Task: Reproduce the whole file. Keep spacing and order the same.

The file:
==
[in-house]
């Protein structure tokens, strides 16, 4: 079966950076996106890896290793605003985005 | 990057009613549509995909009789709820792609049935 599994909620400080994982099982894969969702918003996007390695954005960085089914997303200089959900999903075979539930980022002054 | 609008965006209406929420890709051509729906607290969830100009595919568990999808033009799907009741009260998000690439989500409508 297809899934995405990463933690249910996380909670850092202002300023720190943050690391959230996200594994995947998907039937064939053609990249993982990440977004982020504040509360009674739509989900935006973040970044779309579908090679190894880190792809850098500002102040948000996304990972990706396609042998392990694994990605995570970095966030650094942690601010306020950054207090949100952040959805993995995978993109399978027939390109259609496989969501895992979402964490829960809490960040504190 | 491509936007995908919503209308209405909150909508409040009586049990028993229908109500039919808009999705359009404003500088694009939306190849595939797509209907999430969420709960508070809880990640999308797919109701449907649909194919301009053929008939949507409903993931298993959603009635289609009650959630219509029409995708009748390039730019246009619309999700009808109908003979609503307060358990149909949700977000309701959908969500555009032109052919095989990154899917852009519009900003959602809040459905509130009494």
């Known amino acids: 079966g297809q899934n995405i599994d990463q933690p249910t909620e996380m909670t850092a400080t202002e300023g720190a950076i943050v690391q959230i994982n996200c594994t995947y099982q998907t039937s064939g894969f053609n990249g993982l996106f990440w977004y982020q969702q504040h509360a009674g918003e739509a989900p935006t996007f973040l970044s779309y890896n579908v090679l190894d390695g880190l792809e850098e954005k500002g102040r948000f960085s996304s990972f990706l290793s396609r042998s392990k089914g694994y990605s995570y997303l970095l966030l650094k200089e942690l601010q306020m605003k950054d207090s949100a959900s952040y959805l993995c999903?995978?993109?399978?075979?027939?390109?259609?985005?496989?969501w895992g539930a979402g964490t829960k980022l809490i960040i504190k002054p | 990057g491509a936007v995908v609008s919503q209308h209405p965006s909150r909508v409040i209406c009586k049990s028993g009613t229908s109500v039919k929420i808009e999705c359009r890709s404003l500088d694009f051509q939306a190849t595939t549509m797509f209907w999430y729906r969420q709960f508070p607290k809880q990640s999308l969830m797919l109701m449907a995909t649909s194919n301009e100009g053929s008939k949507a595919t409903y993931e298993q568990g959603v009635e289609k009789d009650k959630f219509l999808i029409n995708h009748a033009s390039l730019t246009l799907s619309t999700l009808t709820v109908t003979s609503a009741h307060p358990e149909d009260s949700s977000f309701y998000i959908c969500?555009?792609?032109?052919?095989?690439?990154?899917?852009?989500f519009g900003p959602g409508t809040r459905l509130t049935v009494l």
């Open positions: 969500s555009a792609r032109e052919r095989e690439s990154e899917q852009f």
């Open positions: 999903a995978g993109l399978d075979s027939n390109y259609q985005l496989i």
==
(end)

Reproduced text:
[in-house]
């Protein structure tokens, strides 16, 4: 079966950076996106890896290793605003985005 | 990057009613549509995909009789709820792609049935 599994909620400080994982099982894969969702918003996007390695954005960085089914997303200089959900999903075979539930980022002054 | 609008965006209406929420890709051509729906607290969830100009595919568990999808033009799907009741009260998000690439989500409508 297809899934995405990463933690249910996380909670850092202002300023720190943050690391959230996200594994995947998907039937064939053609990249993982990440977004982020504040509360009674739509989900935006973040970044779309579908090679190894880190792809850098500002102040948000996304990972990706396609042998392990694994990605995570970095966030650094942690601010306020950054207090949100952040959805993995995978993109399978027939390109259609496989969501895992979402964490829960809490960040504190 | 491509936007995908919503209308209405909150909508409040009586049990028993229908109500039919808009999705359009404003500088694009939306190849595939797509209907999430969420709960508070809880990640999308797919109701449907649909194919301009053929008939949507409903993931298993959603009635289609009650959630219509029409995708009748390039730019246009619309999700009808109908003979609503307060358990149909949700977000309701959908969500555009032109052919095989990154899917852009519009900003959602809040459905509130009494």
């Known amino acids: 079966g297809q899934n995405i599994d990463q933690p249910t909620e996380m909670t850092a400080t202002e300023g720190a950076i943050v690391q959230i994982n996200c594994t995947y099982q998907t039937s064939g894969f053609n990249g993982l996106f990440w977004y982020q969702q504040h509360a009674g918003e739509a989900p935006t996007f973040l970044s779309y890896n579908v090679l190894d390695g880190l792809e850098e954005k500002g102040r948000f960085s996304s990972f990706l290793s396609r042998s392990k089914g694994y990605s995570y997303l970095l966030l650094k200089e942690l601010q306020m605003k950054d207090s949100a959900s952040y959805l993995c999903?995978?993109?399978?075979?027939?390109?259609?985005?496989?969501w895992g539930a979402g964490t829960k980022l809490i960040i504190k002054p | 990057g491509a936007v995908v609008s919503q209308h209405p965006s909150r909508v409040i209406c009586k049990s028993g009613t229908s109500v039919k929420i808009e999705c359009r890709s404003l500088d694009f051509q939306a190849t595939t549509m797509f209907w999430y729906r969420q709960f508070p607290k809880q990640s999308l969830m797919l109701m449907a995909t649909s194919n301009e100009g053929s008939k949507a595919t409903y993931e298993q568990g959603v009635e289609k009789d009650k959630f219509l999808i029409n995708h009748a033009s390039l730019t246009l799907s619309t999700l009808t709820v109908t003979s609503a009741h307060p358990e149909d009260s949700s977000f309701y998000i959908c969500?555009?792609?032109?052919?095989?690439?990154?899917?852009?989500f519009g900003p959602g409508t809040r459905l509130t049935v009494l």
């Open positions: 969500s555009a792609r032109e052919r095989e690439s990154e899917q852009f």
């Open positions: 999903a995978g993109l399978d075979s027939n390109y259609q985005l496989i």